The tube and pipe fabrication technology area covers sawing (band, circular, and friction) and other cutting processes, such as abrasive, flame, laser, oxyfuel, plasma, and waterjet. It also discusses forming processes, including bending and end forming. Finally, it includes a handful of miscellaneous processes, such as trimming, beveling, finning, grooving, threading, and spinning.
June 13, 2002
This article discusses several aspects of rotary draw tube bending, including machine specifications; tooling and lubrication; tube material; and machine controls. It discusses advantages and disadvantages of single-level and multilevel machines; selecting lubricants and coatings to reduce tool wear; consistency of tube dimensions and the material's characteristics; and how machine controls are programmed or manually set by the operator.
May 16, 2002
This article discusses some of the similarities and differences between bending round tube versus square and rectangular tube. Explores the characteristics of square and rectangular sections and the bending challenges associated with these characteristics.
May 16, 2002
This article discusses titanium—how it is processed; the types and grades of pure titanium and alloys that are available; and applications for titanium tube and pipe. Discusses manufacturing and testing titanium tube and pipe to ASTM standards for specific applications.
April 15, 2002
End formed tubes are used increasingly in industries as diverse as automotive, furniture, appliance, sporting goods, construction equipment, and temporary buildings. With recent developments in new forming techniques to produce accurate, finished parts at high volumes without scrap, end formed parts are replacing some conventionally machined components.
April 15, 2002
This article describes the flash-butt welding process as used to weld pipes externally and internally. The authors describe the process, how it's used, how its technology is employed, advances in the process, materials that can be welded, and equipment used.
April 11, 2002
The two most common methods of applying zinc metal to steel handrail tubing are batch hot-dip galvanizing and inline, continuous galvanizing. The batch hot-dip method provides a coating thickness approximately 3 times that of the inline method, and a coating that lasts approximately 3 times as long. However, for indoor applications that do not require more than 500 PSI of bond strength, inline galvanized tube can be cost-effective.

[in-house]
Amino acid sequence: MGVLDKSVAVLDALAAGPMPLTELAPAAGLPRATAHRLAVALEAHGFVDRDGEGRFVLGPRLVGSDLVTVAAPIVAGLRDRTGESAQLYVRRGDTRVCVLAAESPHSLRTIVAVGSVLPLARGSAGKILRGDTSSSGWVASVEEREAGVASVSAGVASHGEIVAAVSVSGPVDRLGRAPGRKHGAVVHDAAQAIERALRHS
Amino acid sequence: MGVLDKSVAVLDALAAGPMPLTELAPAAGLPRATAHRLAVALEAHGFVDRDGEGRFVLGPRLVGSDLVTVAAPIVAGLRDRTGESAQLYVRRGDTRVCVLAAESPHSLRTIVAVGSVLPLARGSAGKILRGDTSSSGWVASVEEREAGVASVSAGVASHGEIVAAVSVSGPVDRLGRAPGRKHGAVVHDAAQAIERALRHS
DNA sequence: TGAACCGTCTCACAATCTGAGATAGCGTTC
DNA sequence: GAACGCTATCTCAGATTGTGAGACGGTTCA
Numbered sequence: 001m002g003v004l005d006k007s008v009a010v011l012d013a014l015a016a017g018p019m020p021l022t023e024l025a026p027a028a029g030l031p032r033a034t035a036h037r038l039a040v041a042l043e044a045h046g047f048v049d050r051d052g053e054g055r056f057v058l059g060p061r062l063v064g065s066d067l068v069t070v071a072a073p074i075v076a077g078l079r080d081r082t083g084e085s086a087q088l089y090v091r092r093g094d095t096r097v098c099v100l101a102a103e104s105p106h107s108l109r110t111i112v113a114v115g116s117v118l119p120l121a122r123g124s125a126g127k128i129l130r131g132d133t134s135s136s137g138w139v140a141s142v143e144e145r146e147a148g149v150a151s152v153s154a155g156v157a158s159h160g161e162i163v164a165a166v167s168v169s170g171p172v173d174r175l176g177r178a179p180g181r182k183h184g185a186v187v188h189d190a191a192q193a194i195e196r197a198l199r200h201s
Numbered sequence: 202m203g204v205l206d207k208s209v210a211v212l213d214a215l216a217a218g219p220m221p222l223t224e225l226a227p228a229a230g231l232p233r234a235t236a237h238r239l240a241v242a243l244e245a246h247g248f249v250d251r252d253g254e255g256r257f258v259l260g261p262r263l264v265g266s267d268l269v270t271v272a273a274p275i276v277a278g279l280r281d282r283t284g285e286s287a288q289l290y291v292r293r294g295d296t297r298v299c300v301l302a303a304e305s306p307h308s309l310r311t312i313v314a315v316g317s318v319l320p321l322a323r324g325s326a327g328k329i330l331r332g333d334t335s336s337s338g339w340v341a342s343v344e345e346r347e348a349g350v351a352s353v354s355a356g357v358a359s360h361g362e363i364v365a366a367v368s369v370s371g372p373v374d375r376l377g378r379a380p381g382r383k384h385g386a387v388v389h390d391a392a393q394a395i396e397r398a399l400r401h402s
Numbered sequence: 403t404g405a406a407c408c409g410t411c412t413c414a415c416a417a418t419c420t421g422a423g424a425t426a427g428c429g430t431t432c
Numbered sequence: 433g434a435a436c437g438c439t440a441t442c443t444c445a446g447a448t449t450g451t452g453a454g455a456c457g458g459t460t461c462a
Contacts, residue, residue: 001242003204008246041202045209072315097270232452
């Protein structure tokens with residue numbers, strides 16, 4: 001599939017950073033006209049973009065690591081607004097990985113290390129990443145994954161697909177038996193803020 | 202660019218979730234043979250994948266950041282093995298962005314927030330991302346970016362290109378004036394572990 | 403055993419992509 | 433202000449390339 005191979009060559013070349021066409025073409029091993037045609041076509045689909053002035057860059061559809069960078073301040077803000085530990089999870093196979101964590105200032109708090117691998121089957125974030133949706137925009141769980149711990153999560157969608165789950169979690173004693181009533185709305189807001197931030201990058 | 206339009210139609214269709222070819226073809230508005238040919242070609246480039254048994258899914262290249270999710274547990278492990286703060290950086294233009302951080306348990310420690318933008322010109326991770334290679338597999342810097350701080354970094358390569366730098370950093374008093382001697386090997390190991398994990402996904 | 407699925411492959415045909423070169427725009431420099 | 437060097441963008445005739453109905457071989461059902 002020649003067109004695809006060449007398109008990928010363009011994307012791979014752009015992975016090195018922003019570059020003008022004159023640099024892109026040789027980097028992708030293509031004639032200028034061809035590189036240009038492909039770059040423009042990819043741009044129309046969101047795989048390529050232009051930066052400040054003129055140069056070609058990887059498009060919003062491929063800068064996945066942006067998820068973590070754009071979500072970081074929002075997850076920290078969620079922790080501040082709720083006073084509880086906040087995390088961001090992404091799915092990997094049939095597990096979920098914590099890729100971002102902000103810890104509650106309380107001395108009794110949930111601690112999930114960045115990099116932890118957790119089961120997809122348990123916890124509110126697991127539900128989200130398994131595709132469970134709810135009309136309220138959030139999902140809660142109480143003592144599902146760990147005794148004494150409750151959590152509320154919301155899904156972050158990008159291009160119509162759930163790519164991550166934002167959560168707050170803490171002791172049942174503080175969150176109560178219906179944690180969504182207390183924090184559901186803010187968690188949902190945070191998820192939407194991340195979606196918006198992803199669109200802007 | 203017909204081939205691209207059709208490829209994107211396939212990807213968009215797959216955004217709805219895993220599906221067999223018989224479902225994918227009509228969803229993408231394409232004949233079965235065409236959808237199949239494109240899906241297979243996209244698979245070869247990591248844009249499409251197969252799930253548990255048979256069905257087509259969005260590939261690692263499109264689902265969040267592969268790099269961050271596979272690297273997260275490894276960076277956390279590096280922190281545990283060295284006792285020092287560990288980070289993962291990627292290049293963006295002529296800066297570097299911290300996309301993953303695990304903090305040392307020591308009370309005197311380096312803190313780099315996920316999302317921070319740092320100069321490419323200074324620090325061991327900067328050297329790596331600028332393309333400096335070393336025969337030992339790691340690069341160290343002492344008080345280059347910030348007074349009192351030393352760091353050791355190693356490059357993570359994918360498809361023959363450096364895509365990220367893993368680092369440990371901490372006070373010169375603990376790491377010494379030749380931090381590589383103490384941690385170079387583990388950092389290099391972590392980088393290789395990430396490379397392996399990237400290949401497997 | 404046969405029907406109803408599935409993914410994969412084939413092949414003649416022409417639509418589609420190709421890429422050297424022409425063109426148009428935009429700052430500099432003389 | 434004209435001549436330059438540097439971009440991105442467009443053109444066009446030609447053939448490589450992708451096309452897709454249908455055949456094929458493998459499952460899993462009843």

March 14, 2002
Tube Specialties of Tempe, Ariz., wanted to get off the paper trail to streamline its production, accounting and inventory processes. This article looks at the reasons for the change, obstacles to the change and its benefits.
February 28, 2002
The pitfalls of building a beverage processing facility can be many. Poor welds involving tubing, fittings, and valves provide opportunities for bacteria to grow, creating health concerns and the potential for ruined product. Orbital welding -- which provides higher-quality, consistent welds compared to manual welding -- helps to reduce these concerns.
January 24, 2002
Many factors are involved in choosing a particular method or technology for cutting tube or pipe.
October 25, 2001
This piece, which originally appeared in TPJ-The Tube & Pipe Journal in 1997, explains how to decide whether to cut tubing on the production line or cut it later in a recut operation. Discusses various types of recutting equipment and focuses on the dual-blade shear cutting method.